Place: BH 150
Time: M 3:30 - 5:50
Instructor: Steve Awodey
Office: Baker 152 (mail: Baker 135)
Office Hour: Monday 1-2, or by appointment
Secretary: Baker 135
This course focuses on applications of category theory in logic and
science. A leading idea is functorial semantics, according to which a
model of a logical theory is a set-valued functor on a structured category
determined by the theory. This gives rise to a syntax-invariant notion of a theory
and introduces many algebraic methods into logic, leading naturally to
the universal and other general models that distinguish functorial from
classical semantics. Such categorical models occur, for example, in
denotational semantics. In this connection the lambda-calculus is treated via the
theory of cartesian closed categories. Similarly higher-order logic is
modelled by the categorical notion of a topos. Using sheaves, topos theory also
subsumes Kripke semantics for intuitionistic logic.
80-413/713 Category Theory, or equivalent.
Topics will be selected from the following
- Functorial semantics for algebraic theories
- Simple type theory and cartesian closed categories
- Dependent type theory and locally cartesian closed categories
- Functorial semantics for elementary logic
- Higher-order logic
- Basic topos theory
- Sheaf semantics
- Algebraic set theory
- Crole, R. L.: Categories for Types. Cambridge University Press,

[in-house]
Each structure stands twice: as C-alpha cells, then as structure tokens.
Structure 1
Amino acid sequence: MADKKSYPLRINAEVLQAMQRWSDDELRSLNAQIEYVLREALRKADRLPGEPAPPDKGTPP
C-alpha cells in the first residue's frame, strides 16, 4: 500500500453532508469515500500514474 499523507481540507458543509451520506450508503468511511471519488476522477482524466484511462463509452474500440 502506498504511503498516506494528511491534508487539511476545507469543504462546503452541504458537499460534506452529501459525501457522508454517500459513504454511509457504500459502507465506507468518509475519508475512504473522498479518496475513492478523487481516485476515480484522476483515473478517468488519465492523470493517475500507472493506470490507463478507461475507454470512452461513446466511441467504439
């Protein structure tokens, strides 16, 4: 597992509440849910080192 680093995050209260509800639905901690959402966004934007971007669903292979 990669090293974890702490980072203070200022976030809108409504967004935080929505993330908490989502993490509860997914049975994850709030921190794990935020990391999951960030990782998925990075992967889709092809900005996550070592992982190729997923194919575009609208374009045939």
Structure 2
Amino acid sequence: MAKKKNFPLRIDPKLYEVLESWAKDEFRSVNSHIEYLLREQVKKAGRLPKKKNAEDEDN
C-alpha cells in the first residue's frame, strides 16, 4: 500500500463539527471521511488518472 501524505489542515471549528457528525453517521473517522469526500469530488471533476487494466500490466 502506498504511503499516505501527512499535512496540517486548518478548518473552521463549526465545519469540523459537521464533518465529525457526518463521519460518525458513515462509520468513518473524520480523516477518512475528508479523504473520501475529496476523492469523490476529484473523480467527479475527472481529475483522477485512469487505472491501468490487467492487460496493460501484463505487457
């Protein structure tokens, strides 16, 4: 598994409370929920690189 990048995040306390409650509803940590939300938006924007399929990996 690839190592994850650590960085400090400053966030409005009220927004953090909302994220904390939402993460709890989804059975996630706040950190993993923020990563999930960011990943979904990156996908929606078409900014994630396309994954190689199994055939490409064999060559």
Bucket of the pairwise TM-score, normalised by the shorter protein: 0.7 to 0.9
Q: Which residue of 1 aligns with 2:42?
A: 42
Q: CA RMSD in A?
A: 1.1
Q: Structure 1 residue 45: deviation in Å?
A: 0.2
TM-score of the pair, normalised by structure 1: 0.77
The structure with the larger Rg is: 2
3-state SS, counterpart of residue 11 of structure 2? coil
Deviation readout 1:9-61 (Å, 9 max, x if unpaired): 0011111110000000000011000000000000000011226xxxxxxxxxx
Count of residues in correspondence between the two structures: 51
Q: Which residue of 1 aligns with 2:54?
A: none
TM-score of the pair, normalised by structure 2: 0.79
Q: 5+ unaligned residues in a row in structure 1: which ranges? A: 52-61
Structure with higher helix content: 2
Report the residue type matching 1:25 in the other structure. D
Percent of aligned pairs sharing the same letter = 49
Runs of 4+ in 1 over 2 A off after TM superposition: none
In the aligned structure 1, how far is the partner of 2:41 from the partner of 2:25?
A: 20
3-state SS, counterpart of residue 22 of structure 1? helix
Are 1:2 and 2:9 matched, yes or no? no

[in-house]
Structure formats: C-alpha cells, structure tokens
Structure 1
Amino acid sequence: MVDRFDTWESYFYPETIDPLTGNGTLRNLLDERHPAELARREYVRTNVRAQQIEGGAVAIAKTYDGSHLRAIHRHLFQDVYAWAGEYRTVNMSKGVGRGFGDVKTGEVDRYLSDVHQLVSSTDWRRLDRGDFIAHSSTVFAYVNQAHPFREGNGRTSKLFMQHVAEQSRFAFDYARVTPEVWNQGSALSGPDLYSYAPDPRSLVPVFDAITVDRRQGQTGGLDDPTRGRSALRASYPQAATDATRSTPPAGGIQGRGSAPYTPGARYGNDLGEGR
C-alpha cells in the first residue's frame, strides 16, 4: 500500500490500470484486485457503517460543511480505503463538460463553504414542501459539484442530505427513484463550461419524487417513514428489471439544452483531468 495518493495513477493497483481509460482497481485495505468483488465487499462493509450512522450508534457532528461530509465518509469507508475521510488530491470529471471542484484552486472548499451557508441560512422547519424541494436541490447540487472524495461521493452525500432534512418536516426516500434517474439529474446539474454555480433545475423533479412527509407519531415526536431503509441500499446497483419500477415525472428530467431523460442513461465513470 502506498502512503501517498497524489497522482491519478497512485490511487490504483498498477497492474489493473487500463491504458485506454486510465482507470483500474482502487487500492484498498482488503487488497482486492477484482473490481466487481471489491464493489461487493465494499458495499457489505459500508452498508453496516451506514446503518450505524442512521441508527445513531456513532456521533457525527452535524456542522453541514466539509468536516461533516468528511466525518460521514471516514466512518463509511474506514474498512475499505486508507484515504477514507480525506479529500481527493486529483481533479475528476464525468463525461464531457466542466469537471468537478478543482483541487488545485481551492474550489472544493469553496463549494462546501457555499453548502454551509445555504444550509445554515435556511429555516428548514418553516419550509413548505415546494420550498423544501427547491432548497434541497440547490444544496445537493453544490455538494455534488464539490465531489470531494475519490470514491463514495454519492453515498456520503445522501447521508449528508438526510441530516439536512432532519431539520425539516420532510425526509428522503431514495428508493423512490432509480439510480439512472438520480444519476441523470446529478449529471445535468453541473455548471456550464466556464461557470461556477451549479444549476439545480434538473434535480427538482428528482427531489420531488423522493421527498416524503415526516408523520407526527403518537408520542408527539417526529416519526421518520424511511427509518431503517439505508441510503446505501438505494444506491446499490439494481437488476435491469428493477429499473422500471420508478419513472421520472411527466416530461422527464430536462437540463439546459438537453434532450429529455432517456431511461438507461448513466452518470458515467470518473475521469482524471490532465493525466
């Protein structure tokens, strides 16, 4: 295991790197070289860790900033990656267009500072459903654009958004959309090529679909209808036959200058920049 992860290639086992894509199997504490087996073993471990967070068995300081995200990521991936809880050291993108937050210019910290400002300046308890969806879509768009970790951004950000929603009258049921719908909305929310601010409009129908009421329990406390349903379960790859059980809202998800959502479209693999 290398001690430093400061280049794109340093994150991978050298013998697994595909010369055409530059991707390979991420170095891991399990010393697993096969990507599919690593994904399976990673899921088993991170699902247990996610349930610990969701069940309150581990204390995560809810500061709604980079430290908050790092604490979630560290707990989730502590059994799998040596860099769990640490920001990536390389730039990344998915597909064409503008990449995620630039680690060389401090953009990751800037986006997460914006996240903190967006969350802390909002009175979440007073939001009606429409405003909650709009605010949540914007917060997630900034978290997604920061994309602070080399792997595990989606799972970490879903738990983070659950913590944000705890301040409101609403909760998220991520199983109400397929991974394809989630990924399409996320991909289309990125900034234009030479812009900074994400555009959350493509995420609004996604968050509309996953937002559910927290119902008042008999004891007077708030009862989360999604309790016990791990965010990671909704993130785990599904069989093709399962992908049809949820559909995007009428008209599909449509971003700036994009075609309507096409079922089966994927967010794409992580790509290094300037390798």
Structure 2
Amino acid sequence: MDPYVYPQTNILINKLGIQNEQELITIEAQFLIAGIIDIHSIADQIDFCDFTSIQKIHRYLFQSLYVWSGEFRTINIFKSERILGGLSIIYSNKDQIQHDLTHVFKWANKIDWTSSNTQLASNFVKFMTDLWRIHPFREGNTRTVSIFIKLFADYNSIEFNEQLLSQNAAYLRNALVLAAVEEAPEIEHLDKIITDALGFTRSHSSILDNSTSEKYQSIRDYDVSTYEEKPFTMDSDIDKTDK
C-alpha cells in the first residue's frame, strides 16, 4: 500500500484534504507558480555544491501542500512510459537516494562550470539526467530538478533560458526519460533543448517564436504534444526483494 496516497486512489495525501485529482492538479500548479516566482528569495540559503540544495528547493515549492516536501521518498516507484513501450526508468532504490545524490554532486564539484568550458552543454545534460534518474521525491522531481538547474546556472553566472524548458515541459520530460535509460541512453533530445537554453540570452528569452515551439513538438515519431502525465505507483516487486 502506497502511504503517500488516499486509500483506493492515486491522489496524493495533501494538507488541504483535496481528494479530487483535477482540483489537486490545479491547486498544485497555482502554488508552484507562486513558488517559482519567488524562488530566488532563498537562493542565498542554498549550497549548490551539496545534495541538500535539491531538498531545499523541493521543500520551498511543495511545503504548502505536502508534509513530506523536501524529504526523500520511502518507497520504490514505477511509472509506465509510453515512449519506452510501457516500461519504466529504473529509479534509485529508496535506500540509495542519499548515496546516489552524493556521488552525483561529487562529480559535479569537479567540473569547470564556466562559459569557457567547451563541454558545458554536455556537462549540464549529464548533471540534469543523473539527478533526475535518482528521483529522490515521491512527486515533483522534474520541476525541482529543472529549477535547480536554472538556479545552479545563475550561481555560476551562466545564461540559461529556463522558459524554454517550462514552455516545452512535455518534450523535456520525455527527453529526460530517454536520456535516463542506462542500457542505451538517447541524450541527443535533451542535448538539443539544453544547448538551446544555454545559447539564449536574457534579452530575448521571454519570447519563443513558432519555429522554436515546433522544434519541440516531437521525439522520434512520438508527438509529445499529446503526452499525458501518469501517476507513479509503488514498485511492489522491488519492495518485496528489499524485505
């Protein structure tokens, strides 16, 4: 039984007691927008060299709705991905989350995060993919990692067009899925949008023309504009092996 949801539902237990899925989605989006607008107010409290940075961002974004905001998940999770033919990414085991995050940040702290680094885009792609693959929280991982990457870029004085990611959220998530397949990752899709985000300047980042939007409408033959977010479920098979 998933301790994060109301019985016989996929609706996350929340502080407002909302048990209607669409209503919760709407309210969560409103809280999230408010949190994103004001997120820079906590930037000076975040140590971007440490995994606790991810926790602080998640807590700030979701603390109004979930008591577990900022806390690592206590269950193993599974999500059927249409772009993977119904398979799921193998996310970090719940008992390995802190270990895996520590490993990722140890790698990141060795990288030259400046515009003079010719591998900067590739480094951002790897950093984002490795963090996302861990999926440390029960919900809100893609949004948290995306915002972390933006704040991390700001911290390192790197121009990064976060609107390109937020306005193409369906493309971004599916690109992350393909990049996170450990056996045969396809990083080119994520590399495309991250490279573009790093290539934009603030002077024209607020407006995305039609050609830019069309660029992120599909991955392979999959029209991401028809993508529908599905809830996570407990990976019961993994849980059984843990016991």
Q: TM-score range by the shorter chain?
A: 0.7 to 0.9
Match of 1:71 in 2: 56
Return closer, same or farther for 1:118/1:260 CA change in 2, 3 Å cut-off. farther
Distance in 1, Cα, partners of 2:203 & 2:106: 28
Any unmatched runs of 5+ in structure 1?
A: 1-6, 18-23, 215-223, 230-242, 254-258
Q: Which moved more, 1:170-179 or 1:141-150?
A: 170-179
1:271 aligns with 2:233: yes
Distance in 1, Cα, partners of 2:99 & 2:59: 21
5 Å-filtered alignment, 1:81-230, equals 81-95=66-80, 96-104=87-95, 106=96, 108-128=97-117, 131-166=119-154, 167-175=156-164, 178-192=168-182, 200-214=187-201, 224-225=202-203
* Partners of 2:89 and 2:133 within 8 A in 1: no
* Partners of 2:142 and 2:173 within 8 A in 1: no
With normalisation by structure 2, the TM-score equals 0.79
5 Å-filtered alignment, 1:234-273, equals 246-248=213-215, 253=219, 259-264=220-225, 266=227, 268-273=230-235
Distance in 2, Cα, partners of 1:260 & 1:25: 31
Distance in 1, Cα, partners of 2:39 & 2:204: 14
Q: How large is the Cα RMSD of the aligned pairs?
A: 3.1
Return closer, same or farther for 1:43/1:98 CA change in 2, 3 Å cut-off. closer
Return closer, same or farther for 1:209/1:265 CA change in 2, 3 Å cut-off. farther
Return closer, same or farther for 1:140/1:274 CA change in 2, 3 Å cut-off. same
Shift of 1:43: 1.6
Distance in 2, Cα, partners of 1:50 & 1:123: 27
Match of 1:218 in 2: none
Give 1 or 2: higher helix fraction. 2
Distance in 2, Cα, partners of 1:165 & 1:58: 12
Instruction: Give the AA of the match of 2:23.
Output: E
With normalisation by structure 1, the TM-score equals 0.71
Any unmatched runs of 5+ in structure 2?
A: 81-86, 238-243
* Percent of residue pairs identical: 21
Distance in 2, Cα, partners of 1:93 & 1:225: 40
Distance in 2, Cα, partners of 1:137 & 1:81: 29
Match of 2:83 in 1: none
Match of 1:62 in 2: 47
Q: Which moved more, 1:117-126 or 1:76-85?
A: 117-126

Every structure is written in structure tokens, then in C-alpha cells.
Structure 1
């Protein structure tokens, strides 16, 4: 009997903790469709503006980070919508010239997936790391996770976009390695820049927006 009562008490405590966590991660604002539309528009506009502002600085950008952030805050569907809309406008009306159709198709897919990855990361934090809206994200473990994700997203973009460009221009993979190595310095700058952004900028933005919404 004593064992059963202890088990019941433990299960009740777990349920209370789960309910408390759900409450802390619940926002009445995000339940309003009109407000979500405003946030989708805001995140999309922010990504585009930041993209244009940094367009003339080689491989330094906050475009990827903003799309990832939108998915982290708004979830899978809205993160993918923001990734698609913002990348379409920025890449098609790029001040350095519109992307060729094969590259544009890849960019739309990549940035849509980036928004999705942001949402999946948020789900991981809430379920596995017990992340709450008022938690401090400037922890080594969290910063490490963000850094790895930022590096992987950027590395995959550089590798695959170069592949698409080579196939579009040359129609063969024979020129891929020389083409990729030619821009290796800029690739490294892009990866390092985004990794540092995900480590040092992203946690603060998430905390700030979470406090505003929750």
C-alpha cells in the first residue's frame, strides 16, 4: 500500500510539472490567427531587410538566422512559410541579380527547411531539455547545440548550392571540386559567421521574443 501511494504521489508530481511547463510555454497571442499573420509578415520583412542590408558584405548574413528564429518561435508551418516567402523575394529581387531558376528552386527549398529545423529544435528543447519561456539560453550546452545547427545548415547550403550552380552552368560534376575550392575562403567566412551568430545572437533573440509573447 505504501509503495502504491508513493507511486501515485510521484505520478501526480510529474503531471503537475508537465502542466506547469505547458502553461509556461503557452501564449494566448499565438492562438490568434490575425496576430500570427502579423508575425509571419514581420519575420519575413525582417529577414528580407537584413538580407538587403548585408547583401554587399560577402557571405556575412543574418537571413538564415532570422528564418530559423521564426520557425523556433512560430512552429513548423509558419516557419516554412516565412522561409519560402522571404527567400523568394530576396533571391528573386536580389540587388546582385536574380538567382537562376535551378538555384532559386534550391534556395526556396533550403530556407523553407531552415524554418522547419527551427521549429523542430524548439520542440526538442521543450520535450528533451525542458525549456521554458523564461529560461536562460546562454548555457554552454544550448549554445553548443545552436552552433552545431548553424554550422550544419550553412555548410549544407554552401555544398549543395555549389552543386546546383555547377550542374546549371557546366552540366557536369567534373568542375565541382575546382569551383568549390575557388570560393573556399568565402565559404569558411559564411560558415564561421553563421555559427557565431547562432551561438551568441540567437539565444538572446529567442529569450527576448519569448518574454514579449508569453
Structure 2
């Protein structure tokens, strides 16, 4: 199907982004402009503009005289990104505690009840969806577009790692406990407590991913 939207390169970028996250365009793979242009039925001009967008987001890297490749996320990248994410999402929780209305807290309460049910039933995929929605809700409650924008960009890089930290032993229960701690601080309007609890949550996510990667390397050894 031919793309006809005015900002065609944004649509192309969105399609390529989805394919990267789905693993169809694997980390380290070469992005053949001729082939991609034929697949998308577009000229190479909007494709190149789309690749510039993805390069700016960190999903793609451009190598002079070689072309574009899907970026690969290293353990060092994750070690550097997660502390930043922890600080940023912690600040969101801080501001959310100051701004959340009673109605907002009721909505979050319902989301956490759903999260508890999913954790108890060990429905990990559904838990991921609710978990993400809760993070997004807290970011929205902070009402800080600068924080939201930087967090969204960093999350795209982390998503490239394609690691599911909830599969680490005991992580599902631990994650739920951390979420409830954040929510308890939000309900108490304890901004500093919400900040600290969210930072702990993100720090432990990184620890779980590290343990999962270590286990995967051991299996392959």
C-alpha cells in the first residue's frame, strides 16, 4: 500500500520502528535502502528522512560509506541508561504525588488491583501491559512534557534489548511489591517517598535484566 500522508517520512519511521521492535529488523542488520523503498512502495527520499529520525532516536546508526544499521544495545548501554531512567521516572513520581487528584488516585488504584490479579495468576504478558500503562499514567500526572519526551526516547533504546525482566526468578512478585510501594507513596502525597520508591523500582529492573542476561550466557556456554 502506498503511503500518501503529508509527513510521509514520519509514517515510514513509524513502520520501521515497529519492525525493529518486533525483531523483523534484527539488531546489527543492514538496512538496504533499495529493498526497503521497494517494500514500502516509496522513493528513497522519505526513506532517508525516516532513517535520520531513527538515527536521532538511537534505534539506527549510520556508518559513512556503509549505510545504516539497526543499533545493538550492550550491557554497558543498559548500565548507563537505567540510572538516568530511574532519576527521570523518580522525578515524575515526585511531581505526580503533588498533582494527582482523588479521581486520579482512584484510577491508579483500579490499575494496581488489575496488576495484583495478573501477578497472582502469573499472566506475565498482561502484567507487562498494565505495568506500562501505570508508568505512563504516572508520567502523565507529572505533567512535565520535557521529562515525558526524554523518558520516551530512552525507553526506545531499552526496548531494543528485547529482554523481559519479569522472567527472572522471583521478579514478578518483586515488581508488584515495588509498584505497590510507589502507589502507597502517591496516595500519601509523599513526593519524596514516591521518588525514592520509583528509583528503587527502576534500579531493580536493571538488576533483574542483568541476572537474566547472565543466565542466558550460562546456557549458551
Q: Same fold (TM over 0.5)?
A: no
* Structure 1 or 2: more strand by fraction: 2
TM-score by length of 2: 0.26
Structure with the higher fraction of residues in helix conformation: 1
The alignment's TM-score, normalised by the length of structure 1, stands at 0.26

- Lambek, J. and Scott, P.: Introduction to Higher-Order
Cambridge University Press, Cambridge, 1986.
- Mac Lane, S. and Moerdijk, I.: Sheaves in Geometry and Logic: A
to Topos Theory. Springer, 1992.
- Johnstone, P.: Sketches of an Elephant. Cambridge, forthcoming.
- Asperti, A. and Longo, G.: Categories, Types, and Structures.
- Barr, M. and Wells, C.: Categories for Computing Science, 3rd
- Borceux, F.: Handbook of Categorical Algebra (Encyclopedia of
and its Applications). Cambridge University Press, 1994.
- Freyd, P. and Scedrov, A.: Categories, Allegories.
- Makkai, M. and Reyes, G.: First-Order Categorical Logic. LNM
- Mac Lane, S.: Categories for the Working Mathematician.
(the standard reference)
- McLarty, C.: Elementary Categories, Elementary Toposes. Oxford
21, Oxford University Press, 1992.
Requirements and Evaluation
Grades will be based on occasional homework problem sets for undergraduates.
Graduate students are required to also prepare and present one lecture on
a topic provided by the instructor.
Undergrads have the option of lecturing
or taking a final exam.
Lecture notes: Lecture notes are here.